The ophthalmologist stabilizes the eye by using forceps and rotates the head away to see into the eye's interior structures easily. Using a goniotomy knife, the surgeon makes an opening in the cornea. To carefully do this, s/he looks into the interior eye through a microscope. As the specialist leads the technique, an assistant introduces fluid into the anterior chamber. 

A gonioscope is positioned on the eye. The surgeon then moves the blade through 90–120 degrees of the eye's arc. As s/he is doing this, s/he will be opening the anterior trabecular meshwork, without interfering with the posterior trabecular meshwork, reducing the possibility of harm to the iris and lens.

The surgeon then removes the knife and passes a saline solution through the new opening and then closes it with sutures. S/he then applies corticosteroids and antibiotics to help manage inflammation and stop any possible infection. The patient's head is rotated away from the incision site to prevent blood accumulation. This procedure takes 20 minutes to complete.

If the other eye also needs a goniotomy, it can be operated on right after.

Risks & Complications

Due to the use of anesthesia, the patient can develop a reaction to it. Infants can react to anesthesia and develop cardiorespiratory arrest. However, this is rare (2% of goniotomies) and non life-threatening. Some side effects that the patient may experience include excessive tearing, sensitivity to light, and involuntary eye twitching. These will naturally disappear on their own.

Possible postoperative complications include:

  • Hyphema - This is the most common complication arising from goniotomies. It is the bleeding and blood clot formation in the anterior chamber. This complication goes away in a few days.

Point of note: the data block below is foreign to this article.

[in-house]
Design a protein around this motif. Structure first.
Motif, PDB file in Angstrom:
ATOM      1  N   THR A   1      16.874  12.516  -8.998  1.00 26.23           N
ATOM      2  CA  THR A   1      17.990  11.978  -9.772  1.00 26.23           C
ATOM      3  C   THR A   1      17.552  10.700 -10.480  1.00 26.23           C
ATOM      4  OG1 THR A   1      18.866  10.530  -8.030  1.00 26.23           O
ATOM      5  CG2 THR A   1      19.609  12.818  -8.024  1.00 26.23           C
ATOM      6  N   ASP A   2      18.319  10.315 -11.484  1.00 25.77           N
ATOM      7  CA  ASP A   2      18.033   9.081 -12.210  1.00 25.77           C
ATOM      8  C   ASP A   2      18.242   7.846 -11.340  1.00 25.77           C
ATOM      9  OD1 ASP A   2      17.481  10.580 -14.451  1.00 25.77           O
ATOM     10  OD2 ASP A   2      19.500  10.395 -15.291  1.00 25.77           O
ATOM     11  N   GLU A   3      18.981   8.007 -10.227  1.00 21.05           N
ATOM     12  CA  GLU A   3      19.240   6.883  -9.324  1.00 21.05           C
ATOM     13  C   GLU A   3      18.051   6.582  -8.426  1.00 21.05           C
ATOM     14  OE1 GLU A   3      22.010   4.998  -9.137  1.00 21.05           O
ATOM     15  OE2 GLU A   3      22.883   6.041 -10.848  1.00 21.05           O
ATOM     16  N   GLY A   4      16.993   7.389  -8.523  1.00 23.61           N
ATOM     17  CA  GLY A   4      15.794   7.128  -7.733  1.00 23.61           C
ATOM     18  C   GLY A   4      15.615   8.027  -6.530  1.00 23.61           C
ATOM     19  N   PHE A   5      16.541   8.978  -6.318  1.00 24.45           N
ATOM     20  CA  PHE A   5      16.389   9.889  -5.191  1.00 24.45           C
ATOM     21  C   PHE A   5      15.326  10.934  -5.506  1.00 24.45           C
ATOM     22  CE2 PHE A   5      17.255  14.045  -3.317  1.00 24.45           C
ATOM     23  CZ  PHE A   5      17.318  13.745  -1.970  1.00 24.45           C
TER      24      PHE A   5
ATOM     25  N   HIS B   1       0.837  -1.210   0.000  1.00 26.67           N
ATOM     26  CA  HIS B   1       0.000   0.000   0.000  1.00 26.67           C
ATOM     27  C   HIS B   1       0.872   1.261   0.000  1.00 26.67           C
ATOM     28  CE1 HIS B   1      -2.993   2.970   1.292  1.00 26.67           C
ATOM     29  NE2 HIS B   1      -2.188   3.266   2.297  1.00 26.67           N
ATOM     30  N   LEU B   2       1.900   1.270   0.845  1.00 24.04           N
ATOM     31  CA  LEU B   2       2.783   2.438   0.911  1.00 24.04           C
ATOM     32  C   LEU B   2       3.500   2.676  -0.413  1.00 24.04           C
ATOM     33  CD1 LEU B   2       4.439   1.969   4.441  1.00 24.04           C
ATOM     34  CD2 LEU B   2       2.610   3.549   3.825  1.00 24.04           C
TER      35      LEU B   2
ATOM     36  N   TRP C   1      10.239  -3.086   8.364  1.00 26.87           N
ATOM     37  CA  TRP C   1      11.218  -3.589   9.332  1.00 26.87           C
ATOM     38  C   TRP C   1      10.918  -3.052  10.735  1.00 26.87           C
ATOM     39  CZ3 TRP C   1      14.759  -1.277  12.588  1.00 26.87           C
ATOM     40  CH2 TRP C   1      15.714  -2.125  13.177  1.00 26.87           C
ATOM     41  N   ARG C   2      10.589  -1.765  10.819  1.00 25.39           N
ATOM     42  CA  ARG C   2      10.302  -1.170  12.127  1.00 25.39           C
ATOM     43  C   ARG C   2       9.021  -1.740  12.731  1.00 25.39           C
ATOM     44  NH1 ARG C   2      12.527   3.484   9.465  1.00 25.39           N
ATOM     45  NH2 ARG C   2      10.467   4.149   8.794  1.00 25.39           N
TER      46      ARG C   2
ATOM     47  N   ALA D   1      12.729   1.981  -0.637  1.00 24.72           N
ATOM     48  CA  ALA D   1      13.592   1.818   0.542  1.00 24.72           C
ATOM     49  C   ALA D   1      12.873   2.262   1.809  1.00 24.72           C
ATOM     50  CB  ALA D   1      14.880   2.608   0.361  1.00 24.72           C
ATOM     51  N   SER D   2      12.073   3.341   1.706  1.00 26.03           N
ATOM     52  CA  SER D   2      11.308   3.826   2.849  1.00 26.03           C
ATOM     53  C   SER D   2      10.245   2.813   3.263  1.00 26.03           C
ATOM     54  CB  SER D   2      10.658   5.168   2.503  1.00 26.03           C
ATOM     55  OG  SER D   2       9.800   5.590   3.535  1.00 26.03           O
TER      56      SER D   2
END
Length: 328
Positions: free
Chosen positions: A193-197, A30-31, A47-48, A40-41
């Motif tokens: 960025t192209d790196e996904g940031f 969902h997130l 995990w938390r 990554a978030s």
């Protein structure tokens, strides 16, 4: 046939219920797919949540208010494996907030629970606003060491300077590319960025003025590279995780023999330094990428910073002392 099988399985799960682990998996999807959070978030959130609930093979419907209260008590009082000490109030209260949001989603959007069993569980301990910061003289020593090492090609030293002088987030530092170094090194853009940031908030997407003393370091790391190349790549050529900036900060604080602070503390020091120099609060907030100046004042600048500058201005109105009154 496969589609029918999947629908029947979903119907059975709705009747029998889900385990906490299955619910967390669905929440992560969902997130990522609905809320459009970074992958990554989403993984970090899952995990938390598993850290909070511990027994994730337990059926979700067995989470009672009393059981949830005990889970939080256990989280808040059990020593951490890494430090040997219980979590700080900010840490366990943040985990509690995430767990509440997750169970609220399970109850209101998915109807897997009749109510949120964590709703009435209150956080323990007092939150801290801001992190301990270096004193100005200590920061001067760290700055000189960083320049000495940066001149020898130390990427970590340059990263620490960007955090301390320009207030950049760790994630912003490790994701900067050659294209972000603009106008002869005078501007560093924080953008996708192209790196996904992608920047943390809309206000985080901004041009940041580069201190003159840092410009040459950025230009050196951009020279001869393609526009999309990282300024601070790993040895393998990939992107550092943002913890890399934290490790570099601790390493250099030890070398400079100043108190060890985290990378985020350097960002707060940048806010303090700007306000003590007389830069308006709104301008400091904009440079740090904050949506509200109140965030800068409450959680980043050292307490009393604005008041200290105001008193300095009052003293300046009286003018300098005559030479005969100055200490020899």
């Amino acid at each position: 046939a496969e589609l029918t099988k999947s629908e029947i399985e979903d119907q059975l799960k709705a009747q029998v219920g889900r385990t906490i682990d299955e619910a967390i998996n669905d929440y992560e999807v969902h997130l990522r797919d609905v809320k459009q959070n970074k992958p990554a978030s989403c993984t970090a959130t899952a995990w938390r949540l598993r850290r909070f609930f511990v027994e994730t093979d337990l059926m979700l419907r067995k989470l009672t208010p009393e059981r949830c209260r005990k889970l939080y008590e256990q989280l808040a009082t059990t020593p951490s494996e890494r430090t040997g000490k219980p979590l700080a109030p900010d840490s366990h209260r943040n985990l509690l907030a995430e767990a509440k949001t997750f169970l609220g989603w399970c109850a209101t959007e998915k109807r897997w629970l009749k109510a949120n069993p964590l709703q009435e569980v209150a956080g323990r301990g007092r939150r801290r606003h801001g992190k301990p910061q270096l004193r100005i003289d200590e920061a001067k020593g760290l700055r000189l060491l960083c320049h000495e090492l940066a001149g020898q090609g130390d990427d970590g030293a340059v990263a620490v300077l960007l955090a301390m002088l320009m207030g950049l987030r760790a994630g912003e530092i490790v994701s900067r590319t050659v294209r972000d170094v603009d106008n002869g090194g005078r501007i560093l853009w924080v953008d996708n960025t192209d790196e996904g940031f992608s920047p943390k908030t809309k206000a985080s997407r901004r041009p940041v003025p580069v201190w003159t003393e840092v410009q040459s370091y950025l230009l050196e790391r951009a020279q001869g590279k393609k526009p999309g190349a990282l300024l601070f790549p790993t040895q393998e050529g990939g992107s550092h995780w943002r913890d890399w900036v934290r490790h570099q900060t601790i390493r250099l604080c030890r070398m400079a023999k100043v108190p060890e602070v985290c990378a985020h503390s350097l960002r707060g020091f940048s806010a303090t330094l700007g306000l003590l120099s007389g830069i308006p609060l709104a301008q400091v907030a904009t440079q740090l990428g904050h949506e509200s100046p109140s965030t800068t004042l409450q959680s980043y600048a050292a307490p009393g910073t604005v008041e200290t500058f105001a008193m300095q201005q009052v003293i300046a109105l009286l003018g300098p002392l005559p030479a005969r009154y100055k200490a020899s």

• Hypotony - This a low IOP of 5mm/Hg and below caused when the eye's integrity is compromised, and there is insufficient aqueous humor.
  • Lens dislocation - This complication increases if the patient is aniridic.
  • Retinal detachment
  • Cornea scarring
  • Infection
  • Cataract formation
  • Inflammation of the anterior chamber


Aftercare & Recovery

The patient will be given corticosteroids and antibiotics to use for a week or two after the surgery. The eye specialist might also prescribe medication to help lower IOP.

The patient will need periodic eye exams for the rest of their lives.


After three to six weeks, the patient will be anesthetized again for the reevaluation of the anterior chamber. The surgery is considered successful when:

  • The measured IOP is below 21 mm/Hg
  • There is no increase in corneal diameter. The ideal corneal diameter is 14mm and below. Since conducting a visual field test on a young child is difficult, the doctor measures the cornea's diameter to assess whether the glaucoma is progressing.
  • Damage to the optic nerve is reversed or stabilized.

As the child gets older, this reevaluation can be done as a follow-up procedure that does not require sedation. 

The child may require eyeglasses, which they should start using as early as possible to reduce the probability of developing amblyopia, a common disorder in pediatric glaucoma patients. Medicine that controls glaucoma may still be needed after goniotomy to control pressure in the eyes.

In about 10% of the patients, the condition recurs in the same eye or the unaffected one. This could be due to complications arising from goniotomy. When this happens, the procedure may be repeated. However, if it is not successful after three attempts, the surgeon will opt to perform a trabeculotomy.